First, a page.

Indian Prime Minister Narendra Modi is famous for always keeping his head down and working silently for the goal. The fanfare and passionate speeches mean more about the brand. The latest case has been raised: his speech at the Semicon India 2022 conference in late April, presenting India as a potential semiconductor manufacturing hub.
However, this goal may require humility and patience, especially as leading economies such as the US, Germany and Japan have attracted large investments from leading chipmakers. . And unlike manufacturing powerhouse China, which is also vying to become a serious global chipmaker, India lacks a strong domestic market for chips.
According to the Indian government, the Indian semiconductor market is estimated to reach $15 billion by 2020 and could reach $63 billion by 2026. Small-scale global standards: Several industry executives The global market is expected to reach $1 trillion by 2030. Currently, India depends on foreign manufacturers for most of its semiconductor requirements despite some efforts. previous failure of the government to develop domestic industry.
When a severe chip shortage hit last year, India decided to jump into the fray again by announcing a $10 billion incentive scheme to attract display and semiconductor makers. . But such a package does not guarantee interest from top players globally — especially with both the US and Europe willing to spend multiple multiples of that amount.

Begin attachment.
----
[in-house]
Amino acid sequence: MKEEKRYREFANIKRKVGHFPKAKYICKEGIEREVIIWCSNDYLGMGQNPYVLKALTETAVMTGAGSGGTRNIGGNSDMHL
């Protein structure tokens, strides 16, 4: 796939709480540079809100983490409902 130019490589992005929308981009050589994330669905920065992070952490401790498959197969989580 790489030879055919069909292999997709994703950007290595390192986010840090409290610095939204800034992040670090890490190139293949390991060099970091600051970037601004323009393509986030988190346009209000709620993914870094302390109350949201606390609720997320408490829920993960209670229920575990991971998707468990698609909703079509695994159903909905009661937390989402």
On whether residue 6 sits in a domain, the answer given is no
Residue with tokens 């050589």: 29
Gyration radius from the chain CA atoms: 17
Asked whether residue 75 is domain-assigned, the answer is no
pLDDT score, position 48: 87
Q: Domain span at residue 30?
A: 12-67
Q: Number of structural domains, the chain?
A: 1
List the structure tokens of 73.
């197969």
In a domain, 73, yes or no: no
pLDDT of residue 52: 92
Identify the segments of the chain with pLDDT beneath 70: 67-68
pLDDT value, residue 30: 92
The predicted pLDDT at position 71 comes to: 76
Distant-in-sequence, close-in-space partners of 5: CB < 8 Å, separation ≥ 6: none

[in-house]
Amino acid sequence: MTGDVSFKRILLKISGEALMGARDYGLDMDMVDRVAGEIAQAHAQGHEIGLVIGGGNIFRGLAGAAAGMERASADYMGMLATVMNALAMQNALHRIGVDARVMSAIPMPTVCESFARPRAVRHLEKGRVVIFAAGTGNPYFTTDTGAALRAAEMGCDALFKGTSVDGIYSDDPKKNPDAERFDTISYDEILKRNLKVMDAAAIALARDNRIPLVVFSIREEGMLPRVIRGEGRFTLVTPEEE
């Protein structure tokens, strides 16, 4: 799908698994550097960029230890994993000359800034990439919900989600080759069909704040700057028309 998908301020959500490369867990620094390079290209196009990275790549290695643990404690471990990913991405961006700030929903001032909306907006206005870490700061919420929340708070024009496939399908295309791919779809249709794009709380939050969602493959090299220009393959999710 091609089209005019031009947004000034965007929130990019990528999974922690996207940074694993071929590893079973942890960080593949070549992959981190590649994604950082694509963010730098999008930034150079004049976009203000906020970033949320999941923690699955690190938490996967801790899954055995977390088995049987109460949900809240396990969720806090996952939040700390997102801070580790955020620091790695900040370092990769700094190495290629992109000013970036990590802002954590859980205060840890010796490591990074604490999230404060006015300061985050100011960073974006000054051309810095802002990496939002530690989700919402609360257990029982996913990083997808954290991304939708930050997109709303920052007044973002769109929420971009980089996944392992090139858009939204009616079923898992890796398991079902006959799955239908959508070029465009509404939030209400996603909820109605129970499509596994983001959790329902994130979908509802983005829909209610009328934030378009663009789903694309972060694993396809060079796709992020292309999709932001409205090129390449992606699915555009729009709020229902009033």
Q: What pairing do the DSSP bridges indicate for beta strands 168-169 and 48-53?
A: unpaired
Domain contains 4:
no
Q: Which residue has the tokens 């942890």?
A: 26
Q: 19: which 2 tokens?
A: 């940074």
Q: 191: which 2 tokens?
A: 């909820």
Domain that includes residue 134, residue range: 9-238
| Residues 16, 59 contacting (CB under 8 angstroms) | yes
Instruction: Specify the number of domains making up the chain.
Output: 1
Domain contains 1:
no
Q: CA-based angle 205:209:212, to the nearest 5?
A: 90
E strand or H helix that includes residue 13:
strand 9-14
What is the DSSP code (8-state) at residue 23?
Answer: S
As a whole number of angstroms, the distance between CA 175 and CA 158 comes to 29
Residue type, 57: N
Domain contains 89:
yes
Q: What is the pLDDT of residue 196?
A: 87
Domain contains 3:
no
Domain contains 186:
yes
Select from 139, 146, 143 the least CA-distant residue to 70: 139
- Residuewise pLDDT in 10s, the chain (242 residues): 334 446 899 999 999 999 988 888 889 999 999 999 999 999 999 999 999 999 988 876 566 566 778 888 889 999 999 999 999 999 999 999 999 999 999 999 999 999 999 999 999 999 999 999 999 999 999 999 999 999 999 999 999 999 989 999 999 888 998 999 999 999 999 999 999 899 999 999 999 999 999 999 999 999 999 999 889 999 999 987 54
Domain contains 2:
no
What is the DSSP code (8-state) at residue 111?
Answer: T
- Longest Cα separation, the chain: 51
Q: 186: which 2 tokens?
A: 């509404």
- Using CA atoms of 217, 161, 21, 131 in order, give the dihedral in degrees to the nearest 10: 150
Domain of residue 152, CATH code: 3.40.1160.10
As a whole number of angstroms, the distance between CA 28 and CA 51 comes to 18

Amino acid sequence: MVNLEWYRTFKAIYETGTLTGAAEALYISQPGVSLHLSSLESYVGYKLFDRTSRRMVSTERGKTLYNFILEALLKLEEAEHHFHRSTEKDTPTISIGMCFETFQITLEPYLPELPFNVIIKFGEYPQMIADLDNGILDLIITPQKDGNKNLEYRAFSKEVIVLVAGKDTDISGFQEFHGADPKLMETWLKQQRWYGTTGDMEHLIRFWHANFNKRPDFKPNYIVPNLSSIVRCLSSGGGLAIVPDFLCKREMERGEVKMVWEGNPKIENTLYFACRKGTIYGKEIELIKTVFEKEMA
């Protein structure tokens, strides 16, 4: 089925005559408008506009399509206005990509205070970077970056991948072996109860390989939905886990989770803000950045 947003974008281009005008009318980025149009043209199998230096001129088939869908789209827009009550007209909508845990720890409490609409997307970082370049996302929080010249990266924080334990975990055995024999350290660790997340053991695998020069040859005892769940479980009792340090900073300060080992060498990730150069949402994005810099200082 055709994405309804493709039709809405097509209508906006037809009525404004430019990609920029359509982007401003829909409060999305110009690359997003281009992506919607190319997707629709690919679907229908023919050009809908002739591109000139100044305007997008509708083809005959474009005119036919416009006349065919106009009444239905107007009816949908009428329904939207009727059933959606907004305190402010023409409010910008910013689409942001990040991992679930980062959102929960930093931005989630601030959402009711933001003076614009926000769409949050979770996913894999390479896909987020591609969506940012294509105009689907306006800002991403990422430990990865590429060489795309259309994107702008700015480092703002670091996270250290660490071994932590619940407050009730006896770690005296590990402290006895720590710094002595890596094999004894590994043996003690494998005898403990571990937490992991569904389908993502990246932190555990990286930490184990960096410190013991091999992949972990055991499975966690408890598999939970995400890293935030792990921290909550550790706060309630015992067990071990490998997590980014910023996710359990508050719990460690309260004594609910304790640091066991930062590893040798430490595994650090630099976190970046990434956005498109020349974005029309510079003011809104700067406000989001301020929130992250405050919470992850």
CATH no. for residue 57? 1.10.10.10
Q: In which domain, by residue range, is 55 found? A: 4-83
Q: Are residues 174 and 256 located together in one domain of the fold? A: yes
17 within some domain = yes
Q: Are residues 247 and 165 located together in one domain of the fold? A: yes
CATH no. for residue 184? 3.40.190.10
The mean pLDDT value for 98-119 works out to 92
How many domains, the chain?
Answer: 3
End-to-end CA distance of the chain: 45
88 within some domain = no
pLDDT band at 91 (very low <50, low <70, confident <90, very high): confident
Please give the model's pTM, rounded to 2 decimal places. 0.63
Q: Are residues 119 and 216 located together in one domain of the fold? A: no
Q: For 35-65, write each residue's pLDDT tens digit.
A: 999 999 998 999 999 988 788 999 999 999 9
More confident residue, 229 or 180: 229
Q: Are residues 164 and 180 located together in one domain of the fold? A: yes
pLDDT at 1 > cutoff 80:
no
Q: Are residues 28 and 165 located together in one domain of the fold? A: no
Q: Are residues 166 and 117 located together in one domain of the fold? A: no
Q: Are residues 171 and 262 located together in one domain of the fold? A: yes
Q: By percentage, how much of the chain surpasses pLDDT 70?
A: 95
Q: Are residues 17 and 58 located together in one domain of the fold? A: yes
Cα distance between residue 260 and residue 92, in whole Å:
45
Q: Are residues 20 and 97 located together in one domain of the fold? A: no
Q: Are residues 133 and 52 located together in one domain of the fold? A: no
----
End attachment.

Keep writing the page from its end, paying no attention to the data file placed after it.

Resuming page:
So far, the country has received proposals worth $20.5 billion from five companies. These include India’s major oil and gas group Vedanta, a joint venture with Foxconn,
Singapore-based IGSS Ventures Pte and ISMC — a joint venture between Abu Dhabi-based Next Orbit Ventures and Israel’s Tower Semiconductor.
Notably, many of the world’s leading chip manufacturers such as Taiwan Semiconductor Manufacturing are absent Co.
and Samsung — although Intel is in the process of acquiring Tower Semiconductor.
India has proven itself in the smartphone assembly sector and is now the second largest smartphone assembler after China. It is understandable that they want to move up the value chain – but cheap labor is not nearly enough. Chipmaking is a technology- and capital-intensive industry that requires minimal, reliable access to electricity and water, which Indian governments have often struggled to provide. past.
Modi’s greatness aside, being on the map for the next 10 years and serving part of India’s own domestic needs seems a reasonable goal to aim for — aside from focusing on chip design and assembly, testing and packaging aspects of the chain value. No wonder the Indian government wants to seize the moment. But here, the adage about walking before running seems to be very relevant.
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